Sports Management: A Guide to Professional Practice

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Allen & Unwin, 1999 - Sports & Recreation - 282 pages
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This text answers the question of whether sport is a cultural activity with its own business principles or just a commercial enterprise like any other. It applies best practice management techniques to this growing subject.

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22 Strategic planning

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Best Pratice for sport management


The special features of sport
Strategic planning
Total quality management
Organisational culture and change management
Player management
Financial management
Marketing management
Facility management
Human resource management
Legal management
Structure management
Event management

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Popular passages

Page 87 - the fundamental rethinking and radical redesign of business processes to achieve dramatic improvements in critical, contemporary measures of performance, such as cost, quality, service, and speed
Page 63 - All sales of property under execution must be made at auction, to the highest bidder, between the hours of nine in the morning and five in the afternoon.
Page 230 - Act is to enhance the welfare of Australians through the promotion of competition and fair trading and provision for consumer protection.
Page 102 - Symbol Any object, act, event, quality, or relation that serves as a vehicle for conveying meaning, usually by representing another thing. Language A particular form or manner in which members of a group use vocal sounds and written signs to convey meanings to each other.
Page 270 - Shani, D. (1997). A framework for implementing relationship marketing in the sport industry.
Page 102 - Myth A dramatic narrative of imagined events, usually used to explain origins or transformations of something; also, an unquestioned belief about the practical benefits of certain techniques and behaviors that is not supported by demonstrated facts.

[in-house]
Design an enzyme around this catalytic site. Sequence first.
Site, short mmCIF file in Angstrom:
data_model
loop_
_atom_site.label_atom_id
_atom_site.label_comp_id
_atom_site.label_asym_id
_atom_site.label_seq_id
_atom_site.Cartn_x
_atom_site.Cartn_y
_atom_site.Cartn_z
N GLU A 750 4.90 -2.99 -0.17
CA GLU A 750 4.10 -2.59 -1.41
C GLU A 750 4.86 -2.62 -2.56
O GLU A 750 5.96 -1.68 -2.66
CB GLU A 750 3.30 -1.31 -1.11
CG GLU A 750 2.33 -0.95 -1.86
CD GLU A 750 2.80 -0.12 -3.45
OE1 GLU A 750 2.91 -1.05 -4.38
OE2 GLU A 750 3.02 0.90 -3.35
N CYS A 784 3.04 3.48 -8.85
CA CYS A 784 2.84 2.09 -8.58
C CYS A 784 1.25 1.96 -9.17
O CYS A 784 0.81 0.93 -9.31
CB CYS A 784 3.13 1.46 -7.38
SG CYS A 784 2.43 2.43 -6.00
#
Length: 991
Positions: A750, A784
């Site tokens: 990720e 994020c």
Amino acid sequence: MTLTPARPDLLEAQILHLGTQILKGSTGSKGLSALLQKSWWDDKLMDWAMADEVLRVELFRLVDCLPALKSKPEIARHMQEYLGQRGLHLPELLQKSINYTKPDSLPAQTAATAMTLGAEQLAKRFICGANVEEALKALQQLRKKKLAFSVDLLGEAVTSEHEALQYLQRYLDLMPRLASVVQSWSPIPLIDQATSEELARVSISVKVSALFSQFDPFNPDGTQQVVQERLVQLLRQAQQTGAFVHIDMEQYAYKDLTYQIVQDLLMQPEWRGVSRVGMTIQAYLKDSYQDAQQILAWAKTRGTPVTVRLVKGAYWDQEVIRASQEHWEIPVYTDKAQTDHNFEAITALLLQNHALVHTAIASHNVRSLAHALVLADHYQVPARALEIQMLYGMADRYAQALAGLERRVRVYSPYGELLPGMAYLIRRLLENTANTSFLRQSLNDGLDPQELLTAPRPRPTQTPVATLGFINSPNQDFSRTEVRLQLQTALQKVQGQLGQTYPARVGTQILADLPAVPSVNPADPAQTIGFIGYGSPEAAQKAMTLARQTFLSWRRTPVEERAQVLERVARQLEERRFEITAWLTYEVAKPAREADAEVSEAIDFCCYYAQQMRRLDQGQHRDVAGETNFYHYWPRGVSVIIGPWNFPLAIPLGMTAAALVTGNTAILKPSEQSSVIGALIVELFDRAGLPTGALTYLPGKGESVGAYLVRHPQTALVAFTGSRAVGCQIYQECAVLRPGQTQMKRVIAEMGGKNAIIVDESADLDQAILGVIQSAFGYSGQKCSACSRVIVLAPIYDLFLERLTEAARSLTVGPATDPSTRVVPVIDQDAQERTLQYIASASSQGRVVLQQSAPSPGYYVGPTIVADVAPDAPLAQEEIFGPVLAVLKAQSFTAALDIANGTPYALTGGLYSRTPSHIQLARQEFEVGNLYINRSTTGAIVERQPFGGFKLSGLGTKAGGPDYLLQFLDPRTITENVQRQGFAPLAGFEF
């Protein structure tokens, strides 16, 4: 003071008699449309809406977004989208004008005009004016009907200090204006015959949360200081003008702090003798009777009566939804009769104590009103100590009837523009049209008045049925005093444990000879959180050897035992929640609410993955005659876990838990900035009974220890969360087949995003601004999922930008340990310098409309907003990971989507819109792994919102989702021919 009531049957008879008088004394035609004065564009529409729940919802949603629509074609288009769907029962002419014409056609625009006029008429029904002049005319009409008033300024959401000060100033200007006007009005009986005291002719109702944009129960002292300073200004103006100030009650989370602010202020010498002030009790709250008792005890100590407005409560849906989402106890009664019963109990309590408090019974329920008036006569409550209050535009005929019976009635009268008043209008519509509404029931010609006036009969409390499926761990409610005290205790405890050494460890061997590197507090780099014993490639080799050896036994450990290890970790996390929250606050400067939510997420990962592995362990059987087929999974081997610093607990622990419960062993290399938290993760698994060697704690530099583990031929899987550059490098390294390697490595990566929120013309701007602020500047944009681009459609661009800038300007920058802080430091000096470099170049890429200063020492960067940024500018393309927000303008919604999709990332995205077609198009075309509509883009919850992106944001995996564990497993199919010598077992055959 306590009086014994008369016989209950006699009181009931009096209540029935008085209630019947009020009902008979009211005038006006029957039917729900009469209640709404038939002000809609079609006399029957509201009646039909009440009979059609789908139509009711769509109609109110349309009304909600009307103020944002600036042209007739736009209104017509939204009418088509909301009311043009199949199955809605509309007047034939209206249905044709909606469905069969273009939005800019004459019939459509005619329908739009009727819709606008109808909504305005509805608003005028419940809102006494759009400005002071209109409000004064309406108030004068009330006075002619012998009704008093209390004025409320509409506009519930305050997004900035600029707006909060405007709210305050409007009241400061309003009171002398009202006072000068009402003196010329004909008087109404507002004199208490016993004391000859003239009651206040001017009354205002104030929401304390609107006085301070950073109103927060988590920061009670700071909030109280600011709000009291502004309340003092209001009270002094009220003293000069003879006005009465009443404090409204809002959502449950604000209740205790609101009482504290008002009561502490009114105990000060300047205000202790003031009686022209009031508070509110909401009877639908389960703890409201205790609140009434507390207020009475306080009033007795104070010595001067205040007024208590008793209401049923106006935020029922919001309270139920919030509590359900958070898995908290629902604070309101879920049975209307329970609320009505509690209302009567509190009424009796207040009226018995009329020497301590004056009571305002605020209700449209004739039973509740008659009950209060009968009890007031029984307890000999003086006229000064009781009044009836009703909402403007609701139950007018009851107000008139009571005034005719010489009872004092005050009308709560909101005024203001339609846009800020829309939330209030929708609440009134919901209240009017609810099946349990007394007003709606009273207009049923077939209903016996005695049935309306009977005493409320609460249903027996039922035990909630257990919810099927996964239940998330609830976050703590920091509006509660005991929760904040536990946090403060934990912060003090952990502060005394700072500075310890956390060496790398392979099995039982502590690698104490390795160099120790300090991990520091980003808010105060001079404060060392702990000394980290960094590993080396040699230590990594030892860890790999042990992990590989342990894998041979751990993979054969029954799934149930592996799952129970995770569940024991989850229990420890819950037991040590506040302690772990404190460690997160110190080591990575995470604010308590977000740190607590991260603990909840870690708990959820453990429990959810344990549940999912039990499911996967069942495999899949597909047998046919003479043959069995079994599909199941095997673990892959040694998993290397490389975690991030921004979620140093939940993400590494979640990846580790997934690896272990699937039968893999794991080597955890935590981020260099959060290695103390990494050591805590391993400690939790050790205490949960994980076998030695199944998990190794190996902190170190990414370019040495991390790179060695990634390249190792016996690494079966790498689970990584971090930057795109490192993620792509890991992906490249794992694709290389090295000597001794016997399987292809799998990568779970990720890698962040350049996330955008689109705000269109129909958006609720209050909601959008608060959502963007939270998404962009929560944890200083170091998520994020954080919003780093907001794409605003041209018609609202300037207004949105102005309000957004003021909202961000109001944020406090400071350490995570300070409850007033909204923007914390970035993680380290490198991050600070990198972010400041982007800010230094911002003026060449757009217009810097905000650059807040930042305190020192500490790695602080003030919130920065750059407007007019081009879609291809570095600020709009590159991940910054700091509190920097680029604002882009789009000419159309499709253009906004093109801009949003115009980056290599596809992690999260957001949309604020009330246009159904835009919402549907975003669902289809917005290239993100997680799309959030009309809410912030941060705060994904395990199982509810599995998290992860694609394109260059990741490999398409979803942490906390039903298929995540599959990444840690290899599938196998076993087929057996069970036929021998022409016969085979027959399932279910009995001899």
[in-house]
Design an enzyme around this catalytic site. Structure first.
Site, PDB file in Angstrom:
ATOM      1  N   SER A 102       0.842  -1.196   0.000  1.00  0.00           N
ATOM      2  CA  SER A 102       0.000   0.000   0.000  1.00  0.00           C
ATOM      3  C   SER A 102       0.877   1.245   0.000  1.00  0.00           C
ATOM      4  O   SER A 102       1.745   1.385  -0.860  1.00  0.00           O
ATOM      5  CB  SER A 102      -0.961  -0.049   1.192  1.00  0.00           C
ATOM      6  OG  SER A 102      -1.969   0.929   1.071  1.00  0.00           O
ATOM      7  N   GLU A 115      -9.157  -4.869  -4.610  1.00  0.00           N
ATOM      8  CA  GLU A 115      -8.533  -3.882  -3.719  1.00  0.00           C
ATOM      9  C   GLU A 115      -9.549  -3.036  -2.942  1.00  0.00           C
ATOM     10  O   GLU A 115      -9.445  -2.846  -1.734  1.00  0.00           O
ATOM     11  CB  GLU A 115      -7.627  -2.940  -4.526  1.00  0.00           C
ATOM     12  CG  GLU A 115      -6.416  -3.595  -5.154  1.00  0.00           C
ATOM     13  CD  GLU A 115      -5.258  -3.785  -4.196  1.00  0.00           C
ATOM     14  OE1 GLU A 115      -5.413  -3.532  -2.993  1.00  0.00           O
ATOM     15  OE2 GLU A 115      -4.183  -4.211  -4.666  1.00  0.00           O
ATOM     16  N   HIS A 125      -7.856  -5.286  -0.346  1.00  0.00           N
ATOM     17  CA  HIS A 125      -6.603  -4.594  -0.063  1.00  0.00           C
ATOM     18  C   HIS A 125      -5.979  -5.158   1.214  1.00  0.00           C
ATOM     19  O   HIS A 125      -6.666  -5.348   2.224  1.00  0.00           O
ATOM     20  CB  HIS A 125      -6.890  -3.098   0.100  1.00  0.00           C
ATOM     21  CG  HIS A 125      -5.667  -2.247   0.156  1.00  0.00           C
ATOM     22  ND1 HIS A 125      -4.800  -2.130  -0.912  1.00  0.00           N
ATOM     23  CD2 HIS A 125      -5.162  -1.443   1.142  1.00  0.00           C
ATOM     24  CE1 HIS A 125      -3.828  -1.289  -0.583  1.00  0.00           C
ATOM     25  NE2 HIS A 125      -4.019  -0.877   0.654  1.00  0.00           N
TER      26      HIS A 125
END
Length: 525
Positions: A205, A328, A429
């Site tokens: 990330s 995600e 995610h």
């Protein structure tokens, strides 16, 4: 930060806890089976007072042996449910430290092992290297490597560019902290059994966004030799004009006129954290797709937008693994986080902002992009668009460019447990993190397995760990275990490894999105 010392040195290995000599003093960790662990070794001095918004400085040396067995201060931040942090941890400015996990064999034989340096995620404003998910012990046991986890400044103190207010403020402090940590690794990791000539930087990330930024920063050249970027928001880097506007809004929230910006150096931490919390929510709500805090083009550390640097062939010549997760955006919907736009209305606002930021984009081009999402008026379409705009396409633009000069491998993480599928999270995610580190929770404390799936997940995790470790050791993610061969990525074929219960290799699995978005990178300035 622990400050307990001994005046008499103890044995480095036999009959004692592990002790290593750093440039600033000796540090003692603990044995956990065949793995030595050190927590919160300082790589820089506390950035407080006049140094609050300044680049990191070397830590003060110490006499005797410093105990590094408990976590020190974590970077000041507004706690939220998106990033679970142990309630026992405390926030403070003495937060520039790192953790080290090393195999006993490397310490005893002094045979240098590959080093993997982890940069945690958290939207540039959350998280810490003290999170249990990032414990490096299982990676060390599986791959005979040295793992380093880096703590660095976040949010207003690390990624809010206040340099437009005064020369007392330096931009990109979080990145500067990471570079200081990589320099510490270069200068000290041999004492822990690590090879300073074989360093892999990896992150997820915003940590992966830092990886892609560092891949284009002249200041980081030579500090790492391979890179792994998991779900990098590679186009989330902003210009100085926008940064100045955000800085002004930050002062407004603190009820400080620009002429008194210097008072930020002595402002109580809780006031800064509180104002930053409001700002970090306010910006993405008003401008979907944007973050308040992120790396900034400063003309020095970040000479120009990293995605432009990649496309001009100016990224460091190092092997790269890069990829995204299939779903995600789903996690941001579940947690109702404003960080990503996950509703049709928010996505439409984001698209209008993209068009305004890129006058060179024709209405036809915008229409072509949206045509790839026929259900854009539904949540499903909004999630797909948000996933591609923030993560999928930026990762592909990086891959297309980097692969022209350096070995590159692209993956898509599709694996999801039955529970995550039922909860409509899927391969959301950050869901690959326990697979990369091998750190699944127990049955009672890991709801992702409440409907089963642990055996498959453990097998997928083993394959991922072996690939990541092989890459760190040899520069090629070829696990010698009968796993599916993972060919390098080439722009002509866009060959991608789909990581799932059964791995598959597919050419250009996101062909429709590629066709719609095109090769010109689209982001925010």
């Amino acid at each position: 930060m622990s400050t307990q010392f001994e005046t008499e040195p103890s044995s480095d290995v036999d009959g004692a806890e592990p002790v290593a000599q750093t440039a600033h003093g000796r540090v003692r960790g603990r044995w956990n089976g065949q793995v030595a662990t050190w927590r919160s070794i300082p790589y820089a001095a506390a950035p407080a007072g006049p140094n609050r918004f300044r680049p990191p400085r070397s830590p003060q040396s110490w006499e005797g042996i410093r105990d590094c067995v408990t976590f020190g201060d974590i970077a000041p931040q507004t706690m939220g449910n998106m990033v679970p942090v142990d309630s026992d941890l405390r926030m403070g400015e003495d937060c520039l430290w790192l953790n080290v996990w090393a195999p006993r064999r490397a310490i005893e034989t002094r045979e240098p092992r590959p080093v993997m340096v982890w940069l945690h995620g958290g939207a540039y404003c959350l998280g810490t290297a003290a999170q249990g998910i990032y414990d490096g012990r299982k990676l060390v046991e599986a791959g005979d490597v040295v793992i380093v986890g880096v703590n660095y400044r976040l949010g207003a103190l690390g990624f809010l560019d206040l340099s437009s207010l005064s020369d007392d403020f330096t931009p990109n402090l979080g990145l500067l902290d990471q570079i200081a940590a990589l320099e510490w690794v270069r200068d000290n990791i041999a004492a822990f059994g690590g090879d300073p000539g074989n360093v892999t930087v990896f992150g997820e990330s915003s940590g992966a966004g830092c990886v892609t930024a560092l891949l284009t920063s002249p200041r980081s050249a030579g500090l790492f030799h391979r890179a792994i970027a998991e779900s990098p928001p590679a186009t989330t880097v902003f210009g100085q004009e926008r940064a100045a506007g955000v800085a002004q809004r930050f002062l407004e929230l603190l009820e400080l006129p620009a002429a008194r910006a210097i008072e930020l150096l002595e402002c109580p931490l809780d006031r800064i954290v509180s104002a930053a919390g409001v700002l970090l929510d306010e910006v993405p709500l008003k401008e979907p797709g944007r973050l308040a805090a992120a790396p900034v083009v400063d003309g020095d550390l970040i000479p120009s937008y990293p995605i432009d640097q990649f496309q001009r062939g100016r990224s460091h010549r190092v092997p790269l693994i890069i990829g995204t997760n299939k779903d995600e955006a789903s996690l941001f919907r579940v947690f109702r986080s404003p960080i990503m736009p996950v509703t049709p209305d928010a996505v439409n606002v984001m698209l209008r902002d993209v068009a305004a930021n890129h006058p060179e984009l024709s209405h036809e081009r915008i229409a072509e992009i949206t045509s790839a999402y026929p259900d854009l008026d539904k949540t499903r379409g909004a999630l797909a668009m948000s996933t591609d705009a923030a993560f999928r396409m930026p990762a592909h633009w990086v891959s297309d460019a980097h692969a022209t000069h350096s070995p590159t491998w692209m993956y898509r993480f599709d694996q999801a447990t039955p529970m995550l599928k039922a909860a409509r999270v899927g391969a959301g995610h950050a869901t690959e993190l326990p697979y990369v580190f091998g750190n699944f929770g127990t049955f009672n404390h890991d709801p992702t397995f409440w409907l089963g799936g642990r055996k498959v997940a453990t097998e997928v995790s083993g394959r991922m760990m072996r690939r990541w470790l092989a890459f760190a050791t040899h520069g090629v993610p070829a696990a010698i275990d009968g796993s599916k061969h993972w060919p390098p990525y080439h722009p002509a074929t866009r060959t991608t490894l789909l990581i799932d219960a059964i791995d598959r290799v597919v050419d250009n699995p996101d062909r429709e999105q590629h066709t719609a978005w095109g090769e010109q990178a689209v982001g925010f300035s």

Page 12 - The major concern of profit-centred businesses is efficiency, productivity and responding quickly to changing market conditions. Sport, on the other hand, is typified by strong emotional attachments that are linked to the past by nostalgia and tradition.
Page 20 - ... where you want to go, and how you want to get there.
Page 140 - The simplest method for depreciating an asset is the straight line or prime cost method. This method allocates an equal amount of depreciation to each full accounting period in the asset's useful life. The amount of depreciation for each period is determined by dividing the cost of the asset minus its residual value by the number of periods in the asset's useful life.
Page 140 - In simple terms, an asset is devalued in response to its market or real value, and offset against income. In order to allocate the cost of the asset to the period in which it is used, an estimate must be made of the asset's useful life. This will usually be less than its physical life. For example, in the case of a motor vehicle, it may be decided that after...

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About the author (1999)

Bob Stewart and Aaron Smith are both lecturers at the Sport Business Unit of the Victoria University of Technology.

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